About two weeks ago I felt a huge need of learning something new – a language, framework… Anything! Just to make my brain work a bit harder. After looking around for a few days (sorry Scala and Erlang, you have to wait a bit longer!) I decided to become more familiar with modern cloud application platforms which are becoming more popular these days (or
Paas model in general). Because I think that real projects are much better that rewriting tutorials and reading docs, I decided to write a small Flask web app and deploy it on Heroku. After a few days of learning Flask, coding and running my app on a built-in Flask server I decided to move to a bit more production-ready stage by running it using Gunicorn. And here the story begins…
Sometimest you might want to clean your nodes by removing some snapshots that you don’t need. Even if you did not create them, they might be there – Cassandra makes them before
scrub or before
truncate. However, removing them one by one from the whole cluster might be a pain, so I wrote a short script that does it.
If you are a Cassandra user you’re probably experienced enough to know how to stop or restart Linux services – that’s an obvious thing. However in some cases it might be a problem if a service you turned off goes down, especially if other services have been using it. While Cassandra is very robust and crash-safe (
pkill -9 cassandra works fine ;-) ), it’s never a bad idea to do things in a way that minimizes the risk of something going wrong. The other advantage of clean Cassandra restart procedure is saving some startup time. Here is how to do it.
A few days ago I was about to upgrade Cassandra cluster from 1.1.0 (+ Authentication patch I wrote) to 1.1.6, but – a bit surprisingly – I realized that something is wrong with new Cassandra. I had no problems with creating keyspaces before, as I set proper modify-keyspaces property in access.properties, but after the upgrade it stopped to work. After a short investigation I found out that there were some significant changes in Cassandra’s Permission system which broke SimpleAuthenticator. This article is about how to make it work again.
It’s not always enough to have only one virtual machine for testing purposes. More – it’s not enough in most of the cases. One of such cases is – for example – when you want to try a multi-node configuration for software like Hadoop or Cassandra, or make a failover test of your system. For me most comfortable and useful is to have a configuration that allows guest system to use the Internet (usually it’s a default, NAT mode) but also makes it possible to easily connect to guest system from host system (not by port forwarding) and makes guest systems able to “talk” with each other – it’s good enough to mimic most of production configurations I use. To do this we need to setup a two-network-cards configuration for alle the guest systems we have. This article is about how to make it work.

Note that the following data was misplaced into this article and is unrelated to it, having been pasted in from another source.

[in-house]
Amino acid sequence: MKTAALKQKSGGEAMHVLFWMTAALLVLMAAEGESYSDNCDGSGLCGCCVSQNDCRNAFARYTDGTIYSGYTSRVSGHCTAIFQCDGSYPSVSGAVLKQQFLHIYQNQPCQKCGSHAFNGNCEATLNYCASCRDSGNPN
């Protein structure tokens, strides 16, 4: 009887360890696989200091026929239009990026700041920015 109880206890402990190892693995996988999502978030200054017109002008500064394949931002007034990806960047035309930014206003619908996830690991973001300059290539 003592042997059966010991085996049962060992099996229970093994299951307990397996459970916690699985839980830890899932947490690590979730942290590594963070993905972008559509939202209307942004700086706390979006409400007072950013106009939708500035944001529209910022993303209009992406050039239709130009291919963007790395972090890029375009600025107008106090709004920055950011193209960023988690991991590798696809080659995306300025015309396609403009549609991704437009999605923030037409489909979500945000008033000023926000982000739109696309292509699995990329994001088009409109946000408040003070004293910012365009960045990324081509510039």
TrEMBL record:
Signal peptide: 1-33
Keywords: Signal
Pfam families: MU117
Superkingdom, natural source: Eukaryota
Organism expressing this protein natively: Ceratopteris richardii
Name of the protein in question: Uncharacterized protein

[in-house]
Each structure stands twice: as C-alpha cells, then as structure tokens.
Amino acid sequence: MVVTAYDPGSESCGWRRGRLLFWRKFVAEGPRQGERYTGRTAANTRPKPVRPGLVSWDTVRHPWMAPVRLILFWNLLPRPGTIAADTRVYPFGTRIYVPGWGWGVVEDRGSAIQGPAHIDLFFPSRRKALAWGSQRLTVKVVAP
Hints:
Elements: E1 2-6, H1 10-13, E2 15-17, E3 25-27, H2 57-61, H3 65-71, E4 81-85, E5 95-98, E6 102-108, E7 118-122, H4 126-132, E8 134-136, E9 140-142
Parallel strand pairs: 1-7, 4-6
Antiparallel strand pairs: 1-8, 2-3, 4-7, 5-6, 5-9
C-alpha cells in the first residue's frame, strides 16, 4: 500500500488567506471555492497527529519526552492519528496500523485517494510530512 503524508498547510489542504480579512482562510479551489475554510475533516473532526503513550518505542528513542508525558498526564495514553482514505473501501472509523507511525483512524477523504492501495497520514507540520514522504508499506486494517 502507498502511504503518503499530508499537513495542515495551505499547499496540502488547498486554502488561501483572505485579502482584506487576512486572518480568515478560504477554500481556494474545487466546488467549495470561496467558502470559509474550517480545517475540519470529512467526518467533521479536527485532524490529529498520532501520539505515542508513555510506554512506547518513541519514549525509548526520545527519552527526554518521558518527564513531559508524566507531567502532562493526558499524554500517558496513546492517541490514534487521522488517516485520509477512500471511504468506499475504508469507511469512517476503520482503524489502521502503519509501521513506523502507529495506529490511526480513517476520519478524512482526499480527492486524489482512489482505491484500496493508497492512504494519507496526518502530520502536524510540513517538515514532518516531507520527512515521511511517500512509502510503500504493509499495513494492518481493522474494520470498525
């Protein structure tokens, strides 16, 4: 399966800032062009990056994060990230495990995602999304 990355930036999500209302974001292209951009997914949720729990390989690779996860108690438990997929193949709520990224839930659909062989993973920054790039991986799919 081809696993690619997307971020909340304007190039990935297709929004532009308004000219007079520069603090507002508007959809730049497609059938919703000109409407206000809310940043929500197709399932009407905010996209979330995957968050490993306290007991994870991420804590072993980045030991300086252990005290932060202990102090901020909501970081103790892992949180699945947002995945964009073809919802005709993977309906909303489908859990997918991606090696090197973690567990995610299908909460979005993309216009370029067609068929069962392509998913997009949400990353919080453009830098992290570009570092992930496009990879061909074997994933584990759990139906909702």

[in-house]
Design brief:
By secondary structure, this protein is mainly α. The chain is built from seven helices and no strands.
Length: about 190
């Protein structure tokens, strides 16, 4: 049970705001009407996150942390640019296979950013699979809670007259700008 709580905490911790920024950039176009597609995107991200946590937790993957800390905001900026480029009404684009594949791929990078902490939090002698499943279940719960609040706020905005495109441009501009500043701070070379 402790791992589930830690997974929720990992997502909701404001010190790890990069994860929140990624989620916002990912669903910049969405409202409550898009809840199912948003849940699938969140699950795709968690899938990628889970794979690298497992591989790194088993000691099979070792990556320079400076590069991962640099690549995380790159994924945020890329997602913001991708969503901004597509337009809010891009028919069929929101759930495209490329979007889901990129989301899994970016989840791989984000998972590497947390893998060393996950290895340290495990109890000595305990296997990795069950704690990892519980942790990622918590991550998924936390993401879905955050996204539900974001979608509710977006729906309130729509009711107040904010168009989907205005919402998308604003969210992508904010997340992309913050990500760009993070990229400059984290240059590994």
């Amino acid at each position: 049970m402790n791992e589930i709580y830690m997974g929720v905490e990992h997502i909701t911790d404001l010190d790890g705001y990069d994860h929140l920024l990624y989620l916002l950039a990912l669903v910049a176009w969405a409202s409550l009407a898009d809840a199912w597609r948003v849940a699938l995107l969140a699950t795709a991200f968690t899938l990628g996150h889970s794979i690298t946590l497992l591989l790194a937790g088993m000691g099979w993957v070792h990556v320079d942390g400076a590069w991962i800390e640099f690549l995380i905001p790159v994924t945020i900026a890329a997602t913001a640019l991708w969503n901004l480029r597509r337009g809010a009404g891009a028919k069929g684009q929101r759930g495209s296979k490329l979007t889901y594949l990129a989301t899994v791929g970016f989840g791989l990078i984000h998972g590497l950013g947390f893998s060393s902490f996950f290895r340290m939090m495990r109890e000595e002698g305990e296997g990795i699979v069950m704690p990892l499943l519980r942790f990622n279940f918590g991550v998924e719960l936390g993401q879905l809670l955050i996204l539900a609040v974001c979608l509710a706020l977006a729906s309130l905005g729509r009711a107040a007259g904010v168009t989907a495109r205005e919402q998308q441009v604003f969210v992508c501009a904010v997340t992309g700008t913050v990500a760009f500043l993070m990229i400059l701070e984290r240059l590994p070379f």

I was playing a bit with some virtual machines I need for testing, when after a reboot I noticed that sendmail is starting very slow – it took about 3-4 minutes to have it working. I’ve checked the log too see what’s wrong:
[root@hdps01 ~]# tail /var/log/maillog
Jul 11 21:26:43 hdps01 sm-msp-queue: My unqualified host name (hdps01) unknown; sleeping for retry
Jul 11 21:27:43 hdps01 sm-msp-queue: unable to qualify my own domain name (hdps01) -- using short name
Jul 11 21:27:43 hdps01 sm-msp-queue: starting daemon (8.14.4): queueing@01:00:00
So, what was the problem?
Or you may be surprised at one day when you see that your output looks like it’s missing a lot of data. The problem affects Hadoop versions older than 1.4 (according to Jira) and is caused by the misinterpretation of EOS in compressed files, which is interpreted as EOF, so it – obviously – ends reading the file:
So, if your Hadoop is misbehaving and your output data look odd without any reason – ask your admins if they didn’t change bzip2 to pbzip2.
Today I was asked to set up user authentication in Cassandra, so we could stop using the “default” user with unrestricted access only. I have to say that I was really surprised when I noticed that there’s NO out-of-the-box authentication and authorization framework in it. Luckily, it can be easily enabled in a few steps which I’m going to show you.
One important thing – SimpleAuthenticator we’re going to use is in the “examples” directory of Cassandra package. It’s because it is considered to be very simple and not very safe (it was even called a “toy” in one of Cassandra’s Jira tasks), so DO NOT rely on it as on a serious protection tool for your system. However it still fits many requirements (i.e. you don’t want user to make a mess in a Column Family he doesn’t need to work on) so you may find it useful. You have been warned.
Using Hadoop may quickly become very annoying if you have to navigate through the HDFS filesystem with a standard
hadoop command. As a Linux user I got used to TAB-autocompletion feature, which lets me quickly and easily use my filesystem so I was really disappointed with this difficulty. Luckily – there’s a solution which eased my pain!
Few weeks ago I’ve bought a new laptop and I’ve installed a new Xubuntu 11.10 on it. Surprisingly (and sadly), when I tried to connect an external display to it, I found out that it’s impossible to do it in “out of the box” version of Xubuntu. I had only a choice to use my external display instead of the internal one or to do a “mirror” configuration, having the same on both displays… Satisfying? No, thanks. I had to find out how to do it in the way I want it to work.